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After He Retires, Fauci Will Still Get $350,000 a Year From the Government


White House coronavirus adviser Anthony Fauci—the government health bureaucrat at the center of the federal response to COVID-19 for the last almost three years—announced Monday that he is retiring.

Fauci will step down from his position as director of the National Institute of Allergy and Infectious Diseases (NIAID) in December, though he plans to remain an active and engaged public spokesperson. He will “devote himself to traveling, writing and encouraging young people to enter government service,” according to Politico.

Even after he exits federal employment, Fauci will still earn a large salary, courtesy of U.S. taxpayers. He is currently the highest-paid federal official, making more money than the president, military generals, and even Cabinet officials. His salary in 2020 was $434,000, though he likely made more in 2021 and 2022. According to Open the Books, an oversight and transparency organization, Fauci will be entitled to a pension that yields roughly 80 percent of his salary, so at least $350,000 per year.

Of course, Fauci will be able to make much more money than that. He will surely write books and give speeches. Indeed, the doctor is well-positioned to capitalize on his newfound fame as a hero to Team Blue. No public official, not even President Joe Biden himself, personifies the U.S. government’s pandemic approach quite like Fauci, who quite deliberately positioned himself as the avatar of correct COVID-19 behavior. Fauci even said that critics who undermined him were attacking science itself.

These critics have grown more numerous over the course of the pandemic as Fauci’s miscalculations became more evident. He has confessed to telling nobles lies—to giving the public information he thought was wrong in order to serve some other goal. He downplayed the effectiveness of masks, purportedly out of concern that there wouldn’t be enough of them for hospitals. He also told the public that the herd immunity threshold was lower than his actual mental estimation; in the end, neither figure was accurate, since COVID-19 is able to evade both infection-acquired and immunity-acquired protection.

Fauci became a passionate advocate of mask-wearing, also pressing the public to engage in all kinds of social distancing measures. When criticized for supporting lockdowns, mask mandates, and other COVID-19 mitigation efforts, he has claimed that he only offered guidance, and did not personally authorize the relevant government orders. Many municipalities never felt like they had any choice to disregard missives from federal health officials; local authorities that did chart alternative courses were derided as science-deniers and practitioners of human sacrifice by Fauci sycophants in the media.

When I interviewed Fauci in July, he admitted to making just one mistake: He said that if he could repeat the COVID-19 pandemic, he would recommend lockdowns, mask mandates, and social distancing measures that were “much, much more stringent.” Some people might take note of the dwindling evidence that government mandates led to vastly preferable pandemic outcomes and wonder whether investing a massive bureaucracy with the power to bully millions of people into social isolation, unemployment, and juvenile delinquency was worth it; not Fauci, though. If he could do it all again, the bullying would only increase.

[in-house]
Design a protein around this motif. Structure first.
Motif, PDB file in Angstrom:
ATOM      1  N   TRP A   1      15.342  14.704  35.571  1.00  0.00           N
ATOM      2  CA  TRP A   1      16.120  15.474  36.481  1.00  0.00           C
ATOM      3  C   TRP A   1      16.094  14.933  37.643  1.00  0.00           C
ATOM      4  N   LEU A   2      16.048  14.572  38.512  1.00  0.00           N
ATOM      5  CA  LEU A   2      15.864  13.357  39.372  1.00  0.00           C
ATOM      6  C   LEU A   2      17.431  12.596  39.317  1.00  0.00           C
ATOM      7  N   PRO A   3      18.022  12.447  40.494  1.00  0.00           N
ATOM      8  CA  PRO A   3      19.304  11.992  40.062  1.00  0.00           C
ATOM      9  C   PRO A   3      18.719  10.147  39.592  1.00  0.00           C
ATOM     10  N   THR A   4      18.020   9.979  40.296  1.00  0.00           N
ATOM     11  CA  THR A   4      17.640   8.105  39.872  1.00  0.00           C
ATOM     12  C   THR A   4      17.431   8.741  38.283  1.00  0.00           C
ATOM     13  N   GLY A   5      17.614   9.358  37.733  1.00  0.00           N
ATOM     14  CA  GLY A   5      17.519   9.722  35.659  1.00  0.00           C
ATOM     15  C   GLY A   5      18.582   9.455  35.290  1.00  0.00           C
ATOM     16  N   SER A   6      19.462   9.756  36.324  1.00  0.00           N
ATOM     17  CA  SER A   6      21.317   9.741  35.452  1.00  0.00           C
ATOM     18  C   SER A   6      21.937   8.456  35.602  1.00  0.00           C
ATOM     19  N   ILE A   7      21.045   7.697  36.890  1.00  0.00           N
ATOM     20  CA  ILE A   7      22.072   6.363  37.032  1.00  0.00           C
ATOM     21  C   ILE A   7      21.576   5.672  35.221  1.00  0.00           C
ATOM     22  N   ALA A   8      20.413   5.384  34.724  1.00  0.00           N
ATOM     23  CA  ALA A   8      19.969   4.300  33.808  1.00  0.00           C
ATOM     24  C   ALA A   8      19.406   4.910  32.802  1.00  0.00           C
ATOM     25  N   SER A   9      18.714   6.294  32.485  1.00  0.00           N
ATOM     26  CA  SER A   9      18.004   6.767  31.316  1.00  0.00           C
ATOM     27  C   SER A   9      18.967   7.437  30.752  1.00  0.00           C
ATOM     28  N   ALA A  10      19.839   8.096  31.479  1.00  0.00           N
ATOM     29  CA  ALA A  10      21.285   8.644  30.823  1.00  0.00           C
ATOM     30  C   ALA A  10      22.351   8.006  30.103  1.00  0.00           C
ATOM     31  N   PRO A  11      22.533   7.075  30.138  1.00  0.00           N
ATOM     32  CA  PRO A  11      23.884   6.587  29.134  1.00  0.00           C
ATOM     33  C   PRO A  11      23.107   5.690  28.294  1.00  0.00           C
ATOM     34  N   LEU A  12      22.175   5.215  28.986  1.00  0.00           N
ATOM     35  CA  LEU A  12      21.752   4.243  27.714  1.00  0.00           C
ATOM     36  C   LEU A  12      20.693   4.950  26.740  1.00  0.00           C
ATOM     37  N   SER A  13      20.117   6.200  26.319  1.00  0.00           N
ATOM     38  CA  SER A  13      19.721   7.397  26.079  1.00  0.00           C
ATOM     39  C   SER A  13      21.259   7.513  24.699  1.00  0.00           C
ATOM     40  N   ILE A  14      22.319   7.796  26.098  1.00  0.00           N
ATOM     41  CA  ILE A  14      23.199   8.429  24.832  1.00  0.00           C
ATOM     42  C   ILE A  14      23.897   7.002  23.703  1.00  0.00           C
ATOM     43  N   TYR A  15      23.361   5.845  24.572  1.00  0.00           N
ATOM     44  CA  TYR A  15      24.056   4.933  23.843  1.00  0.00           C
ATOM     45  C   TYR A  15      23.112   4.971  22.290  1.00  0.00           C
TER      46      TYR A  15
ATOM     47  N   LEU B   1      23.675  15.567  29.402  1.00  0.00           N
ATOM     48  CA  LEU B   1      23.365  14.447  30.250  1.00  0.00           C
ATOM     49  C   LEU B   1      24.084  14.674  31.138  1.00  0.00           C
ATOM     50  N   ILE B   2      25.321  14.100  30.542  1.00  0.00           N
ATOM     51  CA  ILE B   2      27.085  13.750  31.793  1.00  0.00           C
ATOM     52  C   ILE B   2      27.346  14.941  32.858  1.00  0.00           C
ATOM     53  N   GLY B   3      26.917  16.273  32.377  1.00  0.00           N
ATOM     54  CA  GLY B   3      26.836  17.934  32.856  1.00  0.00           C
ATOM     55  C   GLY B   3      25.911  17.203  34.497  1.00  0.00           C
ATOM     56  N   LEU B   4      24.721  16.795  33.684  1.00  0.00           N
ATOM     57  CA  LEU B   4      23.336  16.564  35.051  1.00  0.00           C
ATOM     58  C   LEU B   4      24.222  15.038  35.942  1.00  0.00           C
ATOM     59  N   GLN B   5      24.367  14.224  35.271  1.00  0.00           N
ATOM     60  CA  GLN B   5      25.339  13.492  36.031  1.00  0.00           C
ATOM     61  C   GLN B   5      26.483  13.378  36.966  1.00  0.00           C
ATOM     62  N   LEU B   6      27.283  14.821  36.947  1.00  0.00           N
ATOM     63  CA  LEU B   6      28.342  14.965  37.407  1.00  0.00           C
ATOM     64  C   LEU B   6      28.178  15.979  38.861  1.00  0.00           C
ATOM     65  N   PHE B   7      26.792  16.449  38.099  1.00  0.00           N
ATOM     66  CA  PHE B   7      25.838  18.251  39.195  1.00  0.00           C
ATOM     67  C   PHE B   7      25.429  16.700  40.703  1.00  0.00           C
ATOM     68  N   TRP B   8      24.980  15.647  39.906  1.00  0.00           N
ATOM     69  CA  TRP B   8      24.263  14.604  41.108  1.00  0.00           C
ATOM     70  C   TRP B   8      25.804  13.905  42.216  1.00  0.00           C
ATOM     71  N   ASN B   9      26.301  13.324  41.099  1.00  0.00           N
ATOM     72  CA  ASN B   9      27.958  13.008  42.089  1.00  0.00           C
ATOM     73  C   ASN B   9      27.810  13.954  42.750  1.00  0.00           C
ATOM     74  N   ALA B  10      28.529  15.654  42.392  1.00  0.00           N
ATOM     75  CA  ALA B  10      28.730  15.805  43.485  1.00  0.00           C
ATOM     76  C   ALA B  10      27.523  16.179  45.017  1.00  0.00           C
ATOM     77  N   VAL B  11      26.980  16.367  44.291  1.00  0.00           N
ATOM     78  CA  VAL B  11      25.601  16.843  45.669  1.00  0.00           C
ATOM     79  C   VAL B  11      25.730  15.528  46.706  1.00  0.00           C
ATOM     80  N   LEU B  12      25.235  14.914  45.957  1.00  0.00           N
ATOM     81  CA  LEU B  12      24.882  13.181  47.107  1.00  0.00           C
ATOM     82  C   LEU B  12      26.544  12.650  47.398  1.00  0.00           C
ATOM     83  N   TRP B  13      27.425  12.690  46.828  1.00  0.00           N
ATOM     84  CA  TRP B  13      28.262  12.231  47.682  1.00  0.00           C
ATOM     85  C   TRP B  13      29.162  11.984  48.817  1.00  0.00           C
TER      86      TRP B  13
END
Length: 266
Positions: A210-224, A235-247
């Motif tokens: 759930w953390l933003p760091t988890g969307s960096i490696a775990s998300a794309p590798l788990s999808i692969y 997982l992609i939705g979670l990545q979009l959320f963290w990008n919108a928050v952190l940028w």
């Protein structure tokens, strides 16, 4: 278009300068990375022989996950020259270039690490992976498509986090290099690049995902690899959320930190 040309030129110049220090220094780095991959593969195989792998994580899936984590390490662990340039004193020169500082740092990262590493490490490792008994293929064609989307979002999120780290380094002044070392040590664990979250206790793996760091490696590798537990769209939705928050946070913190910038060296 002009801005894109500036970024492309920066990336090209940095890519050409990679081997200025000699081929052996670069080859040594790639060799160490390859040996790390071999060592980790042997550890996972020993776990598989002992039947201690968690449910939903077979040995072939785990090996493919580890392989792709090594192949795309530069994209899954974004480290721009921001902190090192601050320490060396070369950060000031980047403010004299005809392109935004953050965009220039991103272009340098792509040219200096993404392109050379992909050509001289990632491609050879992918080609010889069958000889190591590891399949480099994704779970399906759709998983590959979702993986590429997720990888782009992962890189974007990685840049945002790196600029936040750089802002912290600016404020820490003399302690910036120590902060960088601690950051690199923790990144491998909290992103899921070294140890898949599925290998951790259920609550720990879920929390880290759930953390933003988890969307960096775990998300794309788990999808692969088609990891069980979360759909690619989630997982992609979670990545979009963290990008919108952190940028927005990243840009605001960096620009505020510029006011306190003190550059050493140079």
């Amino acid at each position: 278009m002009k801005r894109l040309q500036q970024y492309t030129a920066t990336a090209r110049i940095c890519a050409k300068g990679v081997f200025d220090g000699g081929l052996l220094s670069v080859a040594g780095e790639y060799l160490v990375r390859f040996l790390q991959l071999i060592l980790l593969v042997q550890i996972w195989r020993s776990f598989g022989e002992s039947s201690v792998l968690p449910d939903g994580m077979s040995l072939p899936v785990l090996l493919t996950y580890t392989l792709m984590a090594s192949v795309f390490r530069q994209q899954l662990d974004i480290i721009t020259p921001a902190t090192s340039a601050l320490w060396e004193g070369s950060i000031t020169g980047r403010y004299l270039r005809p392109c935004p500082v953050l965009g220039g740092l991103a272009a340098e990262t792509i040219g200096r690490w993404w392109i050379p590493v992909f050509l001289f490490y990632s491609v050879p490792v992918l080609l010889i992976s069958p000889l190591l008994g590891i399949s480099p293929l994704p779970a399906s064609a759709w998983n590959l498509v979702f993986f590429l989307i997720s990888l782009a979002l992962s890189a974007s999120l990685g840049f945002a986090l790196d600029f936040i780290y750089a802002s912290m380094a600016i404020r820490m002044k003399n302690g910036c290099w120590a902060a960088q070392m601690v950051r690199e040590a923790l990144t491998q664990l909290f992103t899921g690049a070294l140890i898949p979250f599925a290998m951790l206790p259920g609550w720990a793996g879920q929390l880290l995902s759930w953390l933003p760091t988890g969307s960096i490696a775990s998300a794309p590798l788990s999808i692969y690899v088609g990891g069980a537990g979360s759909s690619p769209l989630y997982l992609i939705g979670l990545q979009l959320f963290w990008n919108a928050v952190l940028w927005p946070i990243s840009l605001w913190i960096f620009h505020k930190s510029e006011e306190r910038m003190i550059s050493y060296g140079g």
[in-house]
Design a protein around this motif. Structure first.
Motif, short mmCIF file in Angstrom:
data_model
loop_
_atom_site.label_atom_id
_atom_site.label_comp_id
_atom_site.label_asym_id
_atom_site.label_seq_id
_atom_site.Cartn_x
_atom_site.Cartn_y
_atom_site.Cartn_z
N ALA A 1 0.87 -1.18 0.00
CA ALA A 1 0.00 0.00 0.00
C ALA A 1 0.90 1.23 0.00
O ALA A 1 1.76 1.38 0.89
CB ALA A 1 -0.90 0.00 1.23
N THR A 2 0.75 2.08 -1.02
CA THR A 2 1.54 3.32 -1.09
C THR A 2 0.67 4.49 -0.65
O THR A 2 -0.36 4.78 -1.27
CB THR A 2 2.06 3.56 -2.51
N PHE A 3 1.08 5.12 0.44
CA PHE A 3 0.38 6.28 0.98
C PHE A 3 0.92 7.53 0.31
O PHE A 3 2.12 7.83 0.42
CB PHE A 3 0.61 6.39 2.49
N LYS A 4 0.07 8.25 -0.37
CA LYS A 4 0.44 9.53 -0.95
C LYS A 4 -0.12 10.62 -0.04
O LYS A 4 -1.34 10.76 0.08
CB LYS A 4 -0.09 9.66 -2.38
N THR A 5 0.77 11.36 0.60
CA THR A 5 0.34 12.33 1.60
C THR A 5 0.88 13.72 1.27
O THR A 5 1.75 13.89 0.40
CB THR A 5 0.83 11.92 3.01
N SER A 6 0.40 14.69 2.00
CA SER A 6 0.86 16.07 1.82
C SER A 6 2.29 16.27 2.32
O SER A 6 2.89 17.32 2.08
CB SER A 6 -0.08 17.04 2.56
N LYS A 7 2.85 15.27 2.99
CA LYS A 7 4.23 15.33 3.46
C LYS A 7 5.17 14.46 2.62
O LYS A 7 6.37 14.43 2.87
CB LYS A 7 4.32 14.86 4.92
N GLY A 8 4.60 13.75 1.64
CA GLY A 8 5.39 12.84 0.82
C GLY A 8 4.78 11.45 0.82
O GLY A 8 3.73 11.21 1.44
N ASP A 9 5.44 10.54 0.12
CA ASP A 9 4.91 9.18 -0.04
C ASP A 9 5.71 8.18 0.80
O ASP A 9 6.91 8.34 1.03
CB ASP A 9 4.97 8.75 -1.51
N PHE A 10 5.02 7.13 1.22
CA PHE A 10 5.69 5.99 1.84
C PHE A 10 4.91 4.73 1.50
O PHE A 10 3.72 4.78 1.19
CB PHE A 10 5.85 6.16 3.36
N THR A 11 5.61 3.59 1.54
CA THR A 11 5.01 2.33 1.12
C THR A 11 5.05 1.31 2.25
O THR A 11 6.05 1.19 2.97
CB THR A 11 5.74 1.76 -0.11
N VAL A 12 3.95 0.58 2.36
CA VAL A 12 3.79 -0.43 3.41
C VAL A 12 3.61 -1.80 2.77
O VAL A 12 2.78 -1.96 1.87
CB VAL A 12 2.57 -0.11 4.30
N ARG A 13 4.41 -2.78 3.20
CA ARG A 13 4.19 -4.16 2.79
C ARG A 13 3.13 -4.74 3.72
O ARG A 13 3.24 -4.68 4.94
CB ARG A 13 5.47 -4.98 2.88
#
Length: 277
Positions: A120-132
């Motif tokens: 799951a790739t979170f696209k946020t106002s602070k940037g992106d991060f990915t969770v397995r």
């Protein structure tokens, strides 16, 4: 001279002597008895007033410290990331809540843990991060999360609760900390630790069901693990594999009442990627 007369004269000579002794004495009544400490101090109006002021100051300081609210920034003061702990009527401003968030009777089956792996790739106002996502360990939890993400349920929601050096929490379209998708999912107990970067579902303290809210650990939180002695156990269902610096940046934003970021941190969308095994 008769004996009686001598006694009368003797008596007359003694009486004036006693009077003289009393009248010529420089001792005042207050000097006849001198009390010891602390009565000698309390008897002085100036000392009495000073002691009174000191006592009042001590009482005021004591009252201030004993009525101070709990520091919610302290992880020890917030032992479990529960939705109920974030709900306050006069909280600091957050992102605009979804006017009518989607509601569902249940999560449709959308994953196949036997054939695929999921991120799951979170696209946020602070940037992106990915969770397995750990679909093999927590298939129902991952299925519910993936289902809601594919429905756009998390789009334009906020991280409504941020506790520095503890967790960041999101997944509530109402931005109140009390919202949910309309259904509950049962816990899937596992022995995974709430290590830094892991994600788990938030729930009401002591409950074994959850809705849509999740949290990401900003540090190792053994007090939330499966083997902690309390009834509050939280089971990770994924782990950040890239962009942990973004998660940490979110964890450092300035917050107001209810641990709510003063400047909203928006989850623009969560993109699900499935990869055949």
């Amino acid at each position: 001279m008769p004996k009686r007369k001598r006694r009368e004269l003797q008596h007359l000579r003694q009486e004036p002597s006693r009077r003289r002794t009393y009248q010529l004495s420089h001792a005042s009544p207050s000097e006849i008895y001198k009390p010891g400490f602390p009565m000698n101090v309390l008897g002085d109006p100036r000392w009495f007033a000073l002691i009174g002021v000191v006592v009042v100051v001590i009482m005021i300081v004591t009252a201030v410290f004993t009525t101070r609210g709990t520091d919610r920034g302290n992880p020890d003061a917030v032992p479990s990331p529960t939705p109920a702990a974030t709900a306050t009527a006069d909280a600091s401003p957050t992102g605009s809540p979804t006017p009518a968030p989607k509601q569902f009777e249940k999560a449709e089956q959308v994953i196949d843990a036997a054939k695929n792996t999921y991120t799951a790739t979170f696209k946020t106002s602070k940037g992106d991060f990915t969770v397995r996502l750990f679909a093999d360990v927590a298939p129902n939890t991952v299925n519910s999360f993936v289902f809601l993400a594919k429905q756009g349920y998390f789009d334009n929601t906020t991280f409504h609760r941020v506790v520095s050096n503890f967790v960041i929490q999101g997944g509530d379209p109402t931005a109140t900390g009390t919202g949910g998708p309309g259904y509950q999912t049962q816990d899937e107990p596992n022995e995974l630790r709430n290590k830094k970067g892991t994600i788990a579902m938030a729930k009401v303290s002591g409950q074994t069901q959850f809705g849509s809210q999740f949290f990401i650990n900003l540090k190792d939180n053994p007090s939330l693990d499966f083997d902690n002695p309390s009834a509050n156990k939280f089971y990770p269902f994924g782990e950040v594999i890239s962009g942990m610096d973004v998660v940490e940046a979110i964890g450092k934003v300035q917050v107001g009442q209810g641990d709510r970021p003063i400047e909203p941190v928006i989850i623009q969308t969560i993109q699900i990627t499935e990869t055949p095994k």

Fauci is also notable for being the foremost public advocate of gain-of-function research, and has steadfastly defended the U.S. government’s decision to fund scientific projects that seek to make viruses more deadly and more contagious within laboratory settings. While critics of such research are worried that unsafe lab conditions could result in a scenario where manipulated viruses escape into the world—some people suspect this is exactly what happened with COVID-19—Fauci has mostly responded by equivocating on the literal definition of gain-of-function.

“People use that terminology, gain-of-function, in a way that is not applicable in so many ways to what’s being done,” said Fauci in his interview with me. “We put guard rails up, and there have been very clear guard rails on what can and cannot be done.”

One politician who is not satisfied with Fauci’s comments on gain-of-function research is Sen. Rand Paul (R–Ky.), who has clashed with Fauci during congressional hearings throughout the pandemic. Paul said Monday that Fauci’s retirement “will not prevent a full-throated investigation into the origins of the pandemic.”

“He will be asked to testify under oath regarding any discussions he participated in concerning the lab leak,” said Paul.

While Fauci was long associated with the view that public health policy should be left to the experts, he has increasingly begun to weigh in on all sorts of political issues. Once he is no longer constrained by his role inside the U.S. health apparatus, it’s likely that Fauci will become even more vocal. Don’t expect him to stick to the science.



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